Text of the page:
With Christmas approaching, ‘tis the season for giving and receiving. For most of us, the gifts under the tree will be fairly ordinary – maybe that perfume we’ve hinted at, the next book in that series we’ve been reading or perhaps a special bottle of wine. Others though, will receive gifts that are much more substantial such as, for example, from the ‘bank of Mum and Dad’.
It’s no secret that with house prices soaring as they have been over the last 12 months, any help towards building that deposit will go a long way towards securing that first home, whether that comes in the form of a cash gift, a loan or a family guarantee.
For those parents or other benefactors that are minded to advance their children or significant others a lump sum to use towards buying a home, it would be reasonable of them to insist that there are measures in place to ensure that the money they advance will stay ‘within the family’, notwithstanding the relationship status of the beneficiary at any point in time.
If down the track the relationship between the beneficiary and their spouse breaks down (whether married or de facto), these types of advances – whether they are gifts or loans – will be relevant to their property settlement.
A gift or a loan?
Where money is advanced and there is an expectation that it will be repaid, then a loan deed or registered mortgage will help to verify this. Careful consideration should be given to the terms of the loan deed or mortgage as they will have a bearing as to when the statutory limitation period for recovery begins to run. Evidence of repayments having been made in accordance with the loan deed or mortgage go a long way to proving that the advance was in fact a loan, and not a gift. Where the advance is treated as a loan, it can reduce the property pool to be divided between the parties, sometimes significantly – this is usually to the benefit of the recipient.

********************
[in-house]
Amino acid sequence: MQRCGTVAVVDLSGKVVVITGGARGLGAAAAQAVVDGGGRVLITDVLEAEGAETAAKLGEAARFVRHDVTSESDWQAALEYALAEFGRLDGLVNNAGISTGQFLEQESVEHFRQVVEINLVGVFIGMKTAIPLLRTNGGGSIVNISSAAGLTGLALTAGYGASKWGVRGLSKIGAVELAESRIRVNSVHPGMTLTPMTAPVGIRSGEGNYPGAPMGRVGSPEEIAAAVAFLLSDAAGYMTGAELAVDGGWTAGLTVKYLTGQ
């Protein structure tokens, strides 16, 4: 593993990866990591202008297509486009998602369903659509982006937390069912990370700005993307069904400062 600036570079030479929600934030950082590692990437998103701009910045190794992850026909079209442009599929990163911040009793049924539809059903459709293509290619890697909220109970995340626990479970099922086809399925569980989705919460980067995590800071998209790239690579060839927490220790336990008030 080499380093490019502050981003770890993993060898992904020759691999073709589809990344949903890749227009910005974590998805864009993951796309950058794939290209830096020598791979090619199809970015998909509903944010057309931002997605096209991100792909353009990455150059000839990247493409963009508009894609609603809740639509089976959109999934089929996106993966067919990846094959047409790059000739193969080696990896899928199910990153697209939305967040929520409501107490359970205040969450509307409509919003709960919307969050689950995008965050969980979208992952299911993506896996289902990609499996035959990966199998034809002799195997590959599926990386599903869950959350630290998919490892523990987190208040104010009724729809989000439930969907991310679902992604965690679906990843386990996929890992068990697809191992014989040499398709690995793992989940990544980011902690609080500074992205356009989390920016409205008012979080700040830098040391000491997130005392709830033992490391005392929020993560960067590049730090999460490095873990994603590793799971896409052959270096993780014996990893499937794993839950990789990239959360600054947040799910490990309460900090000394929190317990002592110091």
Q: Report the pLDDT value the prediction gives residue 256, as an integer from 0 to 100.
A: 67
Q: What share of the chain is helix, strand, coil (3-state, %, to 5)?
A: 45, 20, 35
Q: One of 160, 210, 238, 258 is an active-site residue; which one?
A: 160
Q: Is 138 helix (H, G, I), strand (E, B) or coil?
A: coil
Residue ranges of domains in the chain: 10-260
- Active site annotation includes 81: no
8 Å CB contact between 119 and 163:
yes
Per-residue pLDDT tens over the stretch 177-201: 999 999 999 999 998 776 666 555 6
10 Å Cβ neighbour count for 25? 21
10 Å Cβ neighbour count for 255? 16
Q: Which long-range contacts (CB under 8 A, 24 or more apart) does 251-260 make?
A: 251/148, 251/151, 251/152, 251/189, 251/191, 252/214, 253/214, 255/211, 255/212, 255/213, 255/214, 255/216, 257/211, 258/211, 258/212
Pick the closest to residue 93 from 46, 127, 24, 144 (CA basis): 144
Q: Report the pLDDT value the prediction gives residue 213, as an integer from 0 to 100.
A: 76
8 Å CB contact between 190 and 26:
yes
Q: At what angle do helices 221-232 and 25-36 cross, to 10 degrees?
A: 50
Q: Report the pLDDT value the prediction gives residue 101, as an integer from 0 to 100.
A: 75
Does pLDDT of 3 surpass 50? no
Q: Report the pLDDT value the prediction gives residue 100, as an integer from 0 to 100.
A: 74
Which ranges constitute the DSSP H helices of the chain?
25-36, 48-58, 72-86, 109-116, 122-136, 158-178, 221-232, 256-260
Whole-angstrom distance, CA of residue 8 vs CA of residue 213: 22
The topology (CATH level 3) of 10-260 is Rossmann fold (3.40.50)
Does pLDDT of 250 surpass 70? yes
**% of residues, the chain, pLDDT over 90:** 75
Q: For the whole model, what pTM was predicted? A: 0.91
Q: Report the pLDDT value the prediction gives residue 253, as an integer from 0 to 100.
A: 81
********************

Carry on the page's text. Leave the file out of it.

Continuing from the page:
Where the advance is treated as a gift, it can mean an adjustment in the recipient’s favour, where the property settlement may have otherwise been equal. There is a greater likelihood that advances will be treated as a gift where there has been no demand for repayment until after the beneficiary has separated from their spouse, or where it is clear that the benefactor knew the beneficiary would never have had the means or resources to have been able to repay it.
Its not unusual for donors to become involved in the legal proceedings between the separated parties, either as a witness or intervenor. This can be expensive and time consuming.
Creating a financial agreement
Rather than go to the cost and trouble of having a court determine whether a cash advance is a gift or loan, parties can make up their own rules by entering into a financial agreement. This can be done at any time before, during or after a marriage or de facto relationship. It can say, for example, that if the parties separate, any money that either party has already received or may receive in the future (from parents for example), is treated a certain way. It could say that those advances are to be repaid to their parents before the rest of the parties’ property is divided between them.
Financial agreements have long been seen as a quasi-insurance policy in that they can offer asset protection to the parties. Entering into a financial agreement that provides for money advanced from the bank of Mum and Dad to be remitted back to them in the event of their relationship breakdown can also be considered somewhat of a gift back to Mum and Dad, by assuring them that their money will always remain in the family. Whilst there are some limited circumstances in which financial agreements may be set aside by a court, they are more often than not the best form of protection available for parties wishing to pre-determine a property settlement in the event of separation.
For advice regarding how a financial agreement might protect you or someone you know, contact Family Law specialists, Joelene Seaton or Aleena Mills, of MBA Lawyers.